Interfacing Absolute Position Decoders to PLCs and Microcomputers

Microcomputers and PLCs are sequential logic devices. In contrast to a real-time hardware logic, which can perform many operations at the same time, a PLC can perform only a single operation before proceeding to the next logical step. The figure describes the logical operation of a PLC, which is cyclical in nature. During the I/O scan, the PLC looks at the input terminals and activates the outputs based on the ladder logic. During the processor scan, the new input data is processed by the Central Processing Unit (CPU) according to the ladder program and the outputs are updated during the next I/O scan. This cycle repeats again and again.

The expression “garbage in, garbage out” fits very well with the PLC. If the input data is invalid or incorrect, the corresponding machine operation will also be incorrect. Therefore, it is very important that when the PLC reads the decoder input during the I/O scan, the decoder data is valid and free of any ambiguities.

There are two main inherent characteristics of electronic devices that could cause wrong decoder data into the PLC:

b) Reaction Time of Input Modules:

PLC I/O modules, even the TTL compatible ones, have lengthy and inconsistent time delays when they change their logic state. This inconsistency gets further compounded by long wiring runs between the decoder and the PLC, and also the limited current drive capability of the decoder outputs. In the above example, when the input to the I/O modules goes from 199° to 200°, the output may stay at 000 for a time, depending on the I/O module reaction time.

An I/O scan during this time (2 to 10 ms in typical installations) will read false data to the PLC. The solid line is the field side of the I/O module and the dashed line is the PLC side. During the switching time (TS), the decoder information as seen on the PLC side is 0, which is invalid.

Even dedicated microprocessor controls with faster scan times are faced with the above two problems, though to a lesser degree. In microprocessors the TS is in microseconds (μs) and software can be designed to ignore inconsistent data. If your microprocessor does not have this software provision or if you are using a PLC, the hardware synchronization described below must be used to assure the integrity of the incoming decoder data.

PLC Synchronization (PC-Handshake):

Whenever the PLC scans the decoder input, it must see stable data. In order to ensure this, the PLC gives a data transfer command and a predetermined time later the PLC synch circuit stabilizes the data for the PLC to read. This time is adjustable on some Autotech units (2 μs to 30 ms), whereas it is fixed on others (50 μs, 100 μs, etc.). The variable time feature, when available, can be used to provide the most fresh data to the PLC.

For example, the time interval between the data transfer and read commands might be 12 ms and say the time delay is set at 5 ms. After 5 ms of the data transfer command the stable data is available to the input modules of the PLC and when the PLC commands the data to be read 12 ms later, it is stable and valid.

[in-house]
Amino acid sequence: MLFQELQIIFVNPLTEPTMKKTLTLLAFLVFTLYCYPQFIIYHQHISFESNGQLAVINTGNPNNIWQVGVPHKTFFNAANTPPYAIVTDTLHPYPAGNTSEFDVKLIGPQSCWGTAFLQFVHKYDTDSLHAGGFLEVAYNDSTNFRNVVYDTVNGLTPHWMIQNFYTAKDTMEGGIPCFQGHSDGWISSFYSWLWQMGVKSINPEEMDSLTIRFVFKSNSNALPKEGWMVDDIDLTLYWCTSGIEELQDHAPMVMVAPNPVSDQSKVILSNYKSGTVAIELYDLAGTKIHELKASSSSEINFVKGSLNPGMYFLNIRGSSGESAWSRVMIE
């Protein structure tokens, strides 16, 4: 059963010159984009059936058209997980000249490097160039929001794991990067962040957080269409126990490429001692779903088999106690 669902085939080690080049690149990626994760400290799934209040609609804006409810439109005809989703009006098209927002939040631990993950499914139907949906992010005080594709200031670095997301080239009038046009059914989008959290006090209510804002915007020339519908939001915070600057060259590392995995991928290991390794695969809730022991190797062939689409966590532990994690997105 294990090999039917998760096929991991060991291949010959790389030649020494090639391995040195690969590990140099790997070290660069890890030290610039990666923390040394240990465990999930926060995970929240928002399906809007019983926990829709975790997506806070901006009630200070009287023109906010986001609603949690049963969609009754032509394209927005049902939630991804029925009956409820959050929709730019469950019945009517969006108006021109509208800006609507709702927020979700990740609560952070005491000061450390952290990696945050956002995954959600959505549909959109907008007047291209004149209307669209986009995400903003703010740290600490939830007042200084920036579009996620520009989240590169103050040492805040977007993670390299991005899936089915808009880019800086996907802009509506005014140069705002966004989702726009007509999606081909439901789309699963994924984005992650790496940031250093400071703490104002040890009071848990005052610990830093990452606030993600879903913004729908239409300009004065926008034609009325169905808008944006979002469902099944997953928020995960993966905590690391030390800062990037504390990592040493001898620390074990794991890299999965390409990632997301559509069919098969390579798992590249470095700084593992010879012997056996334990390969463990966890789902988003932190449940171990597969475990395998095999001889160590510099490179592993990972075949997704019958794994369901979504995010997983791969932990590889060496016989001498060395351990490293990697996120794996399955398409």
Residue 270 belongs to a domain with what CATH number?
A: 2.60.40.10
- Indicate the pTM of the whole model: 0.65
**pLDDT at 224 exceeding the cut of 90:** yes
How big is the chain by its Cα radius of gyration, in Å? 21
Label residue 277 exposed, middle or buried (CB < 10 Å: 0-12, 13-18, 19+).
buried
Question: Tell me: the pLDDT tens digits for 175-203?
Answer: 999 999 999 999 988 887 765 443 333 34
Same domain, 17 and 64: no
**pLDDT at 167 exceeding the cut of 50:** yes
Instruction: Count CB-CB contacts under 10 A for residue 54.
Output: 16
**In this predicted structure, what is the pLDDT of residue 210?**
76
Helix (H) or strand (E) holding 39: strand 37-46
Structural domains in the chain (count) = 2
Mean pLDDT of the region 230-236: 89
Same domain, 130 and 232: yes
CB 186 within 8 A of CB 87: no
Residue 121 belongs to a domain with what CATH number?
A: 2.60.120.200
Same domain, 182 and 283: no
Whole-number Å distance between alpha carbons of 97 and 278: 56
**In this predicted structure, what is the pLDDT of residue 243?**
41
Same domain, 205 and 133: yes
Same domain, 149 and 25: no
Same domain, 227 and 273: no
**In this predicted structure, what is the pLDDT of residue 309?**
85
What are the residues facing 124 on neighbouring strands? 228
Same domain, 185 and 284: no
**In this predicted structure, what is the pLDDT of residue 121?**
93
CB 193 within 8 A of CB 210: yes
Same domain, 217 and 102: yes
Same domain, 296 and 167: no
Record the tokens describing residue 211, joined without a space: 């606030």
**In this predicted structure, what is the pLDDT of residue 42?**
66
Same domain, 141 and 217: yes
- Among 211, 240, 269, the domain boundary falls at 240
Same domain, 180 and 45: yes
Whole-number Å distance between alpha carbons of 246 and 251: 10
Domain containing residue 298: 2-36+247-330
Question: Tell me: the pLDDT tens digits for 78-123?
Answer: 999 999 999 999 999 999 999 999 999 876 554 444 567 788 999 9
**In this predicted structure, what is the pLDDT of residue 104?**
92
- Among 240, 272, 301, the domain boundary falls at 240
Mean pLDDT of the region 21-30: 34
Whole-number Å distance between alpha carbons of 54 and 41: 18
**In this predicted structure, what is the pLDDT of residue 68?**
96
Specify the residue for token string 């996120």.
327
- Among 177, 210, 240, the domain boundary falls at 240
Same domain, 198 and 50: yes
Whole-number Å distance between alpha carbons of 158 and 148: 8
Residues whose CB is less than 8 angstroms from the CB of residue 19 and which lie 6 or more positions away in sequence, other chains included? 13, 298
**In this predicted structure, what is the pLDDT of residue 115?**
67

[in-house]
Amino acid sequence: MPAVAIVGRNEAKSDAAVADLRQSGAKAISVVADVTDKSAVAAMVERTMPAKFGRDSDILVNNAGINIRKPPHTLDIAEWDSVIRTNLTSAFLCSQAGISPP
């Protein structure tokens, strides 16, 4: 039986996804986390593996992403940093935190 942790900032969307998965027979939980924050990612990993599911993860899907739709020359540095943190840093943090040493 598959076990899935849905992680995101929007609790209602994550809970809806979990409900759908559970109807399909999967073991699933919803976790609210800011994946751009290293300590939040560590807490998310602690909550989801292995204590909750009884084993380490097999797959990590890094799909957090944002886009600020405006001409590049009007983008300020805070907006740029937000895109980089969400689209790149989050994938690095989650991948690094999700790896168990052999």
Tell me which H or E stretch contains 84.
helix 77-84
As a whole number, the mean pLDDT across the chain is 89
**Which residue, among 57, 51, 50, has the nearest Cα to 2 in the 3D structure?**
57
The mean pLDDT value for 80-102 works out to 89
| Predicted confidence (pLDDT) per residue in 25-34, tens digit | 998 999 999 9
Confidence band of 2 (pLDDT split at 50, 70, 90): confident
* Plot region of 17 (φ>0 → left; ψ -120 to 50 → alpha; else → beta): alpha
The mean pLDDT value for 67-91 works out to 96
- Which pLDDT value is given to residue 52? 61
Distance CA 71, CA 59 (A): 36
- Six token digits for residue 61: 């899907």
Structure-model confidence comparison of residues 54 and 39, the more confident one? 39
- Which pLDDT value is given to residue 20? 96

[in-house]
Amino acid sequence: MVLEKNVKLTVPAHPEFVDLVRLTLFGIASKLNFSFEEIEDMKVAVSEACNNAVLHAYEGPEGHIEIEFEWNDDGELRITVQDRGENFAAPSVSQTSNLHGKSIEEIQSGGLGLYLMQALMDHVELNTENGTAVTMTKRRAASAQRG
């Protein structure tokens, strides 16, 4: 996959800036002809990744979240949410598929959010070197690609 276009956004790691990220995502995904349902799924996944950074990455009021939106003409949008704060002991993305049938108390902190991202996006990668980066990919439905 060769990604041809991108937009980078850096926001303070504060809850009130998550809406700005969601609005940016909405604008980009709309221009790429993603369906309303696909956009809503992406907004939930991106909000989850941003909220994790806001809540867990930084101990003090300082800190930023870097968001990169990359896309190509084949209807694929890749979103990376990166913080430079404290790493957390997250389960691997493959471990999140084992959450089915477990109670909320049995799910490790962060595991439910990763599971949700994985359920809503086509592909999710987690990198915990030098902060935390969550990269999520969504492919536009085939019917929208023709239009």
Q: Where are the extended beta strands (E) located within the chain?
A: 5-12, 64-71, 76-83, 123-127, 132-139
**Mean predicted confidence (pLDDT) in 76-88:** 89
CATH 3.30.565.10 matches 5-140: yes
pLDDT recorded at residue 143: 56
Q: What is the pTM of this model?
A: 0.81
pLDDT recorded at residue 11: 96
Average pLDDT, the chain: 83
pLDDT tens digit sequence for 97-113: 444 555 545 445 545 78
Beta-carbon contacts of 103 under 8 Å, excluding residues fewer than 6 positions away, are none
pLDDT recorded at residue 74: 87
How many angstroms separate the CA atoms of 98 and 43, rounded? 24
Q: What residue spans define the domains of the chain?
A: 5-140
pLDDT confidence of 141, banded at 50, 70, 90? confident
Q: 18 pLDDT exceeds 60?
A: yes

Microcomputer Synchronization (Microfreeze):

The Microfreeze can also be called as transparent PC-Handshake. This feature is particularly useful when interfacing data directly to a microcomputer where speed of operation is much higher. In this case the decoder position data is continuously updated at full speed. The data are frozen for 100 μs +/- 10% after a delay of 10 μs from either transition edge of data transfer command. The microcomputer can read stable data during these 100 μs and it automatically unlatches.

Software Filtering:

The problem of synchronizing BCD data to a PLC can also be addressed by software filtering. Software filtering is usually done in one of the following two ways:

  • A window is created around the last correct reading based on the known operating speed of the decoder. If new position is outside of this window, the data is rejected.
  • Three samples of position data are taken, of which two must agree before data is accepted. Either of these approaches will increase the scan time of the PLC. Since scan time is an important factor in system speed and resolution, the software approach is usually not a viable approach.
    1. The synchronization problem does not exist when using Gray Code absolute decoders because only one bit changes state at a time.
    2. The synchronization process described above does not result in faster machine operation. The system resolution and permissible decoder speed will still be limited by the PLC scan time. As a rule of thumb, a PLC with 16.67 ms (One AC cycle) scan time will permit 1° resolution at 10 RPM (The rule of 10:1:1).
    3. The Synchronization issues do not apply to Networkable Resolvers/Encoders because of built-in handshake.